Technology has transformed workplaces over the last century, drove huge income growth and moved many into the middle classes. Are we now seeing computers and robots displacing those middle class jobs?
At Tech Crunch Jon Evans warns Get Ready To Lose Your Job as “this time it’s different” – unlike earlier periods of industrialisation where jobs shifted to the new technologies such coach builders became car makers – robots and computers are making humans redundant.
So I see no mystical Singularity on the horizon. Instead I see decades of drastic nonlinear changes, upheaval, transformation, and mass unemployment. Which, remember, is ultimately a good thing. But not in the short term.
In The Observer John Naughton, professor of the public understanding of technology at the Open University, says Digital Capitalism Produces Few Winners.
Professor Naughton’s view is that high volume, low margin businesses like Amazon mean there’s fewer well paid jobs available and many of the lower positions will be soon replaced by robots.
At the other end of the digital marketplace, the high margin businesses like Apple, Google and Salesforce don’t need many staff to generate their profits, so wealth is concentrated among a small group of managers and owners.
While the low paid and manufacturing workers have been squeezed for decades in the West, it’s now the turn of the middle classes to feel the pain of automation, outsourcing and restructuring.
There’s two ways we can look at these changes, the optimistic is that our economy is going through a transition to a different structure; those out of work coachbuilders a hundred years ago didn’t immediately get jobs building cars and the same adjustments are happening again.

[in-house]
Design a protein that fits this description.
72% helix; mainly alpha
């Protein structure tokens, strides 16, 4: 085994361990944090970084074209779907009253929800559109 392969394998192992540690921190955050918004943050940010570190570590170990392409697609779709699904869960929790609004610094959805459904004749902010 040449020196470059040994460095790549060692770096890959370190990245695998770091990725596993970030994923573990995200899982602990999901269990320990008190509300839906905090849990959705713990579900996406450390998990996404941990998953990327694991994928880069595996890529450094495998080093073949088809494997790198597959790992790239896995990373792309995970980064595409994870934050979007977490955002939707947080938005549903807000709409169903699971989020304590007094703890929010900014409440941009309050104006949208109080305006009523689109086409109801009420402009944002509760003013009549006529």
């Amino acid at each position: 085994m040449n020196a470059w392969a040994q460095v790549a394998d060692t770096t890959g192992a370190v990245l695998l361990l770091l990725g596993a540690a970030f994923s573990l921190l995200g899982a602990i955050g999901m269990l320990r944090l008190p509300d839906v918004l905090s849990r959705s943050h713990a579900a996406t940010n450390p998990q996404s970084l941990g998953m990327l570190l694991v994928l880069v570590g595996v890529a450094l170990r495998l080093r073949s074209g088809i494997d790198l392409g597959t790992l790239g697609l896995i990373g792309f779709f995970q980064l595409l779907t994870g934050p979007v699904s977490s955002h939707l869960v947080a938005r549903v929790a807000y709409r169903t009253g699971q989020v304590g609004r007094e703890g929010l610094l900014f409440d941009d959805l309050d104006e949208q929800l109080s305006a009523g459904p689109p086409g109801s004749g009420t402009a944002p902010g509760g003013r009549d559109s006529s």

A more pessimistic view is that the Twentieth Century was an aberration.
It may be that Western world’s steady climb into middle class prosperity was itself a transition effect and we’re returning to the economic structures of the pre-industrialised age where the vast majority of people have a precarious income and only the fortunate few can afford middle class luxuries.
The next decade will give us some clues, but the portents aren’t good for the optimistic case, the Pew Research Centre shows America’s middle classes has been shrinking for forty years.
For those Americans still in the middle class, the Pew research shows their incomes have been falling for a decade.
Regardless of which scenario is true, the dislocation is with us. As individuals we have to be prepared for changes to our jobs, however safe they look today. As a society we have to accept we are going through a period of economic and social upheaval with uncertain long term consequences.
What’s particularly notable is how today’s political and business leaders seem oblivious to these changes and are locked in the ‘old normal’ of thirty or fifty years ago.
One wonders what it will take to wake them up to the changes happening around them and what will happen when reality does bite them.